5

Tracking sites use FAA data for the most part, augmented by ADS-B data nowadays. For FAA data, they use what's in the National system. This is usually 99%+ of IFR flight plans, and some VFR flight following flight plans. IFR flights plans that aren't included are those that are local area pop-up requests(staying with the same approach control with a pop-up ...


5

No, there will always be flights that are private, or for any other reason not traceable.


4

NATS launches new flight tracking app National Air Traffic Services (NATS) has launched a new flight tracking app for iPads. The air navigation service provider said the Airspace Explorer app is the first of its kind to use “the same data that air traffic controllers use to safely guide the 6,500 aircraft that fly through the skies each day”, giving ...


4

Everything has been developed already. Geostationary satellites cover +/- 70° latitude. Many aircraft are equipped to communicate through geostationary satellites for telephony, internet, or tele-monitoring. In the MH370 event, the engines (!) have sent some data packages to the manufacturer. This is how we got to see these circles of MH370's last position, ...


4

If you just need a few days then FlightAware let’s you do that. I think it goes back 7 days for free. Past that you have to pay. That is for a particular flight. FR24 has a history feature that will play back the whole radar starting at a particular time. It plays back at 12x speed, though. On FR24 you just open the main screen, move the map where you want ...


3

No, no technology has been developed that utilize the smartphone of passengers because the airplane is at a location where it is outside the connectivity of any smartphone during the entire flight, except for maybe the first and last few minutes. A smartphone needs a cell tower to establish network connectivity, which typically has a range of a few hundred ...


3

Some websites offer historic flight records, but they are not free. And they don't go back for decades and are not complete. If you really must, try the FAA Registry, see if the owner is listed, and get in touch if their contact information is listed. The FAA only keeps broad records, as this answer explains. Don't get me wrong, but it's like asking where ...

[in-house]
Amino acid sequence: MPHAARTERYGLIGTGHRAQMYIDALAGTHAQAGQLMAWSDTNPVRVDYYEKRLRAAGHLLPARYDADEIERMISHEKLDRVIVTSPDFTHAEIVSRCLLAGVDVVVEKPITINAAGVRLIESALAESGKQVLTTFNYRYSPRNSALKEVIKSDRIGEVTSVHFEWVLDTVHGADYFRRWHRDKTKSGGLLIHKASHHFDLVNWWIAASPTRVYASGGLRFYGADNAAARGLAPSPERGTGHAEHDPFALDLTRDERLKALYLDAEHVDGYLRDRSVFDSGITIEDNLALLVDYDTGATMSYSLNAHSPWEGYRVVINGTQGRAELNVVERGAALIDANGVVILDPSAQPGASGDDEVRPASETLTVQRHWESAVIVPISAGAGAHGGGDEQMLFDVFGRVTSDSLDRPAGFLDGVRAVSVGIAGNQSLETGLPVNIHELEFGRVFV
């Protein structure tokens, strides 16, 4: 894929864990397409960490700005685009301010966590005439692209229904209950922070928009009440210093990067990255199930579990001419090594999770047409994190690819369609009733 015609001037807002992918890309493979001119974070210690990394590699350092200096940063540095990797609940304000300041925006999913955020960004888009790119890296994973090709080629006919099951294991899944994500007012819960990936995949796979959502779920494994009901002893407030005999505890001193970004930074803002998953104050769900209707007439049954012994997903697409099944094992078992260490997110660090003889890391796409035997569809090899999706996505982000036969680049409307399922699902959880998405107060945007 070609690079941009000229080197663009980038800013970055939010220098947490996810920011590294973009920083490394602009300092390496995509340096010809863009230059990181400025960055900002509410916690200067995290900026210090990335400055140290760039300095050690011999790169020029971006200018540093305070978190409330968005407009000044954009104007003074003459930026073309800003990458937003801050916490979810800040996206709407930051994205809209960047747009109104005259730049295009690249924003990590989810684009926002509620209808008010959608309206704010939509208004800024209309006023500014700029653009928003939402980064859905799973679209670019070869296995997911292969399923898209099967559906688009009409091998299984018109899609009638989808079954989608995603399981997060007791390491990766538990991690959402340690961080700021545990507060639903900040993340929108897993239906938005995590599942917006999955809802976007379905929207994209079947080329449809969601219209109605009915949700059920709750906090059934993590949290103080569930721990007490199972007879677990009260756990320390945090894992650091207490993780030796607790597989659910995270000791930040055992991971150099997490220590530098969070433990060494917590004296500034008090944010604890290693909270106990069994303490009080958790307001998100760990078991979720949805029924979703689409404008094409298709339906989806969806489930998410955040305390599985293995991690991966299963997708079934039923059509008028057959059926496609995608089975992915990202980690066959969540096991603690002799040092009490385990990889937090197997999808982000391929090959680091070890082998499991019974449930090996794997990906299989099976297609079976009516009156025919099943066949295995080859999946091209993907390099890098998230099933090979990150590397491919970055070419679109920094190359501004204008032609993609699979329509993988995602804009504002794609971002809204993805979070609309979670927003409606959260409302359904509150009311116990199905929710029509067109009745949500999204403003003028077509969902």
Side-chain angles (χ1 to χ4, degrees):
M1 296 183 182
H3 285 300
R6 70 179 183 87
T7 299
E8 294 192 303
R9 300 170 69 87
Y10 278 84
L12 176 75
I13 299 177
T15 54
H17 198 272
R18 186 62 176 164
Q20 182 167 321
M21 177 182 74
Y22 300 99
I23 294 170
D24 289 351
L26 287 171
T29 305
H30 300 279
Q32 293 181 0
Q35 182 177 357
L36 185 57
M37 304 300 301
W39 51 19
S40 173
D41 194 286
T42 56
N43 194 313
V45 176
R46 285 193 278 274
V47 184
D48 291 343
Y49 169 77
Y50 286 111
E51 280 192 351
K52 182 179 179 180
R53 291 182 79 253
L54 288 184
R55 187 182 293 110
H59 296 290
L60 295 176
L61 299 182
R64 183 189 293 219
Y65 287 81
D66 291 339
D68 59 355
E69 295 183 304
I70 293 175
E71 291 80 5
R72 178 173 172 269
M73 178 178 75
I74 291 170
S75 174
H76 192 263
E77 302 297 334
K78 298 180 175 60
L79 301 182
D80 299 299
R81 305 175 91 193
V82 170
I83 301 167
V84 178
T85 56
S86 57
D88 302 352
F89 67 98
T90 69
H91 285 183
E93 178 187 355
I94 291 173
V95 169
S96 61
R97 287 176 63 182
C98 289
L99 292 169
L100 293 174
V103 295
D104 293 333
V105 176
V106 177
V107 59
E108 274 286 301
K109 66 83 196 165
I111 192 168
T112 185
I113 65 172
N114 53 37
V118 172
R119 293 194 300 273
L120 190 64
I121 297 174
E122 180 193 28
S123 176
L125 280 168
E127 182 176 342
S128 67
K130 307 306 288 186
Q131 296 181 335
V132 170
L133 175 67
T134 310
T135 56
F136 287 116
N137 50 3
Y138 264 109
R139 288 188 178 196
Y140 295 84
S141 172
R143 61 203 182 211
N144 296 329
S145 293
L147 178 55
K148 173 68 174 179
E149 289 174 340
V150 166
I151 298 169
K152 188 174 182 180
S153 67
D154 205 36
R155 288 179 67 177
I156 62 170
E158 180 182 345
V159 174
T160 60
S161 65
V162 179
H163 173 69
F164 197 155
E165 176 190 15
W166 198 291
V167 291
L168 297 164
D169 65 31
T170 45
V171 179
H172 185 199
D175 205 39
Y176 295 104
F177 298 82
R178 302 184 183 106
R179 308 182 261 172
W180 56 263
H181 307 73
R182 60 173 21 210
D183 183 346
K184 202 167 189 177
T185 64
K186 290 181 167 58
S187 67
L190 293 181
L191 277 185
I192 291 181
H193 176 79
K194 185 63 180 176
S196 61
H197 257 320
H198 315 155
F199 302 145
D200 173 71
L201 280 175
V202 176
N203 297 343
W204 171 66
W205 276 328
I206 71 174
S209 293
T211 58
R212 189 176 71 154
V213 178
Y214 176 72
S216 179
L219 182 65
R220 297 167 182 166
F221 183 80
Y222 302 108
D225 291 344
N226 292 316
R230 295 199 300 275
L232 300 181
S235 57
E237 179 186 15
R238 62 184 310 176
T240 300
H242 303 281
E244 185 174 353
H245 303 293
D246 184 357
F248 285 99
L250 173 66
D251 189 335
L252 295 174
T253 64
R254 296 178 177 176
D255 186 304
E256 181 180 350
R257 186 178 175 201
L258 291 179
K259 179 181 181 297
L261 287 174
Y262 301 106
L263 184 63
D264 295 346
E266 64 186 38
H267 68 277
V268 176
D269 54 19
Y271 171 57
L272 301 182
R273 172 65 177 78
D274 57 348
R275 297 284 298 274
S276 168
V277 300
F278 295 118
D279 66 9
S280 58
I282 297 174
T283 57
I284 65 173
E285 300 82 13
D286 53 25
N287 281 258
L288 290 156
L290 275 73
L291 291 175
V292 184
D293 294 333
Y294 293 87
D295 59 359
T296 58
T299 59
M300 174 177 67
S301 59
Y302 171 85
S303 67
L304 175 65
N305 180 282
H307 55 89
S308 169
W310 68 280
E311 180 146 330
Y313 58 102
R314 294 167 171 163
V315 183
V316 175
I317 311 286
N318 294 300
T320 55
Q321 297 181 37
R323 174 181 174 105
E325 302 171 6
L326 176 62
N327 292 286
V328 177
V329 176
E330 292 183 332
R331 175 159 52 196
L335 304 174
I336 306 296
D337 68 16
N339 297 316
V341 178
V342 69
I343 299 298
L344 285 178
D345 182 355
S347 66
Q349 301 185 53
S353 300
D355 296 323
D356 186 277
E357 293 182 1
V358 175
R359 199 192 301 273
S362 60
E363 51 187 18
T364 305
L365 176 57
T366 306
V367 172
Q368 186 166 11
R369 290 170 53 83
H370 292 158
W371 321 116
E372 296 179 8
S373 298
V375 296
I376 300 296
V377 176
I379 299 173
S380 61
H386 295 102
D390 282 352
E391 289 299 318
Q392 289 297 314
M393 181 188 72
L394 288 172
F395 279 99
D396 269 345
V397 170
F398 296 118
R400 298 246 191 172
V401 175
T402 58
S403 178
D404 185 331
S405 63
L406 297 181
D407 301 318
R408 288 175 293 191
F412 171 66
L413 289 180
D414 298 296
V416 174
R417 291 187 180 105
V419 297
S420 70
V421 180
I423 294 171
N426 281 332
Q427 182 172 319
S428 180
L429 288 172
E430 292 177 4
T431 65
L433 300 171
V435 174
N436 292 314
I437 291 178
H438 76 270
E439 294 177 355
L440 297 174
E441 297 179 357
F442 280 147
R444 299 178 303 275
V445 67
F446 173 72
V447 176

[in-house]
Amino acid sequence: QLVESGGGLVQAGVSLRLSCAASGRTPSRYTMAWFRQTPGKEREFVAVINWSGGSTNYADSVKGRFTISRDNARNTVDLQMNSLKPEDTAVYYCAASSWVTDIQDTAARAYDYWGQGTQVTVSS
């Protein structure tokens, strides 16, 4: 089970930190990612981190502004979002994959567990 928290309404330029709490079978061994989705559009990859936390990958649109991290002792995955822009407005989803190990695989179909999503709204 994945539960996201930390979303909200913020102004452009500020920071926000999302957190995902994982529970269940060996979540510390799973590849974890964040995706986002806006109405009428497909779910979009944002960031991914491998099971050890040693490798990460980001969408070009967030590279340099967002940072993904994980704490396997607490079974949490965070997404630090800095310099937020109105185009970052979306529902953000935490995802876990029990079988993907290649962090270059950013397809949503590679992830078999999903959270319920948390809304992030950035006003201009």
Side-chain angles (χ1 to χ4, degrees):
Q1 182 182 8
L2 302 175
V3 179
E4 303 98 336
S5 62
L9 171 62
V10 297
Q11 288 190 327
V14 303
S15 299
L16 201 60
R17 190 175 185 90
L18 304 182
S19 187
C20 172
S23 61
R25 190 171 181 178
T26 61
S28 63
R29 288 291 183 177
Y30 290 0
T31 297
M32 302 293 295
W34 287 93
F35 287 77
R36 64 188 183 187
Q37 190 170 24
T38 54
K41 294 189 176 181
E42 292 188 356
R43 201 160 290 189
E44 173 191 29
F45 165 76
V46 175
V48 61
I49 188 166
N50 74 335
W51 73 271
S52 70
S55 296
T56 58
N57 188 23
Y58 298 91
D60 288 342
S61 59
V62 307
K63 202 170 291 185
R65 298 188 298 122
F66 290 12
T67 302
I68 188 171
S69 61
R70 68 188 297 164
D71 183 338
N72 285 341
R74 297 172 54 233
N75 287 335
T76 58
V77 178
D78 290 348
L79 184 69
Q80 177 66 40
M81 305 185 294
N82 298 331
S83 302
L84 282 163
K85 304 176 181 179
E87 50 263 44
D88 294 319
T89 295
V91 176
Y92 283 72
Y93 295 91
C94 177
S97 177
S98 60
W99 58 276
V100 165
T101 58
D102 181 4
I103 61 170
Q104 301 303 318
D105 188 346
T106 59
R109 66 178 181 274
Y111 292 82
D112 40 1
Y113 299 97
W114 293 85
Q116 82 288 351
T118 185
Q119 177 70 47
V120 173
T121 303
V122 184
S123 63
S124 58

3

There are initiatives taking place to provide satellite based ads-b service to aircraft. As a caveat, this doesn't necessarily mean that you will be able to see the data on FR24 or FA via the internet, at least the way it is currently. The implementation is through a complicated network of various entities. ICAO Since the disappearances of AF447 and MH370 ...


3

Just because FR24 and Flightaware don't show anything doesn't mean that the information is not available. FR24 and Flightaware are not the only systems out there; there are several others if you care to search, and many of them are not subject to the same restrictions as FR24 and FA. There are already (and have been for quite a few years) uplinks and ...


3

Yes: Many publicly available accident/incident reports contain communication transcripts; some of those will contain aircraft tracks, too.


2

Military aircraft, like civil aircraft have transponders. Military aircraft are assigned military codes, and their transponders have special military modes. An aircraft doesn't need a transponder to be "illuminated" by radar, but the transponder enhances the "blip" and modern transponders transmit additional aircraft information such as altitude (Mode C). ...


2

https://www.flightradar24.com/how-it-works - taken from the FR24 website. They use ADS-B - hence the reason the majority of General Aviation stuff doesn't show (unless it has a mode S transponder).


2

The data that FlightAware first receives for most commercial flights is sometimes delivered a year in advance via schedules published by the airlines. That data then usually remains unchanged until a few hours before the flight. Pilots or air traffic control operators controlling airspace on the route of flight will push out new data with a flight ...


2

It looks as if the GPS location was only updated at intervals, and the software extrapolated the missing path information using bezier curves.


2

Flightradar24 gets all this data from thousands of ADS-B receivers that they have all over the world. Rural areas in China (Middle and western parts) don't have these receivers and hence not much data is shown there. The kit they provide is free or charge and all they require from the recipient is to have a stable internet connection and power. ...